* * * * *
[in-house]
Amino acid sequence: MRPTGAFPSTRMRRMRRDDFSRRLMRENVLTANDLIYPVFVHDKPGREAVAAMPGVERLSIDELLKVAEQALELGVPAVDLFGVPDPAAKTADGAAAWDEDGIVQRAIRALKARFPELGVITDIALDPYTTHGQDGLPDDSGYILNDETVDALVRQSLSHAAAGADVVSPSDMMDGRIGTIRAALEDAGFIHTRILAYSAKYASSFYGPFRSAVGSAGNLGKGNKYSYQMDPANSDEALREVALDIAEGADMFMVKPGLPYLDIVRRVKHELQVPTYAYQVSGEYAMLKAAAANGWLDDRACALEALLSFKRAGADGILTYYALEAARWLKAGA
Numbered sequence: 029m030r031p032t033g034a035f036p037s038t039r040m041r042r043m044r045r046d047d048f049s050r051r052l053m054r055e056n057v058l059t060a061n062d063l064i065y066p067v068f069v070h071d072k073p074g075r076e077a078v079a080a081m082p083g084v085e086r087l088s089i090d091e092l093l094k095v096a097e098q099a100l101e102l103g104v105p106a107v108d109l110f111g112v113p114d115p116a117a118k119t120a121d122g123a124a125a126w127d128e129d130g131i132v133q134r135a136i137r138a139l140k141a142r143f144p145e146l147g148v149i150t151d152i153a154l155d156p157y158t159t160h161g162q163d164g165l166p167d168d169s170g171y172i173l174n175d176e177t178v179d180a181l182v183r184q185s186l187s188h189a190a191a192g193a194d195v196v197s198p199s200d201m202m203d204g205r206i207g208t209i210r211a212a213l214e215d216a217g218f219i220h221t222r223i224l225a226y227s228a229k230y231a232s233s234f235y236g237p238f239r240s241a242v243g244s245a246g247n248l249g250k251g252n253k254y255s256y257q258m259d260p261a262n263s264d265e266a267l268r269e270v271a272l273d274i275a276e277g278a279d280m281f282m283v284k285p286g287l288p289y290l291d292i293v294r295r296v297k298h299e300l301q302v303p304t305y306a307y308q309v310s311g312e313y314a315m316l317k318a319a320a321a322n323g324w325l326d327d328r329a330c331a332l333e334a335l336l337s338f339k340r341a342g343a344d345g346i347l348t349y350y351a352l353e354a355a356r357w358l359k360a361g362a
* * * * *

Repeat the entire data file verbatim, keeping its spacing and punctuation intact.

[in-house]
Amino acid sequence: MRPTGAFPSTRMRRMRRDDFSRRLMRENVLTANDLIYPVFVHDKPGREAVAAMPGVERLSIDELLKVAEQALELGVPAVDLFGVPDPAAKTADGAAAWDEDGIVQRAIRALKARFPELGVITDIALDPYTTHGQDGLPDDSGYILNDETVDALVRQSLSHAAAGADVVSPSDMMDGRIGTIRAALEDAGFIHTRILAYSAKYASSFYGPFRSAVGSAGNLGKGNKYSYQMDPANSDEALREVALDIAEGADMFMVKPGLPYLDIVRRVKHELQVPTYAYQVSGEYAMLKAAAANGWLDDRACALEALLSFKRAGADGILTYYALEAARWLKAGA
Numbered sequence: 029m030r031p032t033g034a035f036p037s038t039r040m041r042r043m044r045r046d047d048f049s050r051r052l053m054r055e056n057v058l059t060a061n062d063l064i065y066p067v068f069v070h071d072k073p074g075r076e077a078v079a080a081m082p083g084v085e086r087l088s089i090d091e092l093l094k095v096a097e098q099a100l101e102l103g104v105p106a107v108d109l110f111g112v113p114d115p116a117a118k119t120a121d122g123a124a125a126w127d128e129d130g131i132v133q134r135a136i137r138a139l140k141a142r143f144p145e146l147g148v149i150t151d152i153a154l155d156p157y158t159t160h161g162q163d164g165l166p167d168d169s170g171y172i173l174n175d176e177t178v179d180a181l182v183r184q185s186l187s188h189a190a191a192g193a194d195v196v197s198p199s200d201m202m203d204g205r206i207g208t209i210r211a212a213l214e215d216a217g218f219i220h221t222r223i224l225a226y227s228a229k230y231a232s233s234f235y236g237p238f239r240s241a242v243g244s245a246g247n248l249g250k251g252n253k254y255s256y257q258m259d260p261a262n263s264d265e266a267l268r269e270v271a272l273d274i275a276e277g278a279d280m281f282m283v284k285p286g287l288p289y290l291d292i293v294r295r296v297k298h299e300l301q302v303p304t305y306a307y308q309v310s311g312e313y314a315m316l317k318a319a320a321a322n323g324w325l326d327d328r329a330c331a332l333e334a335l336l337s338f339k340r341a342g343a344d345g346i347l348t349y350y351a352l353e354a355a356r357w358l359k360a361g362a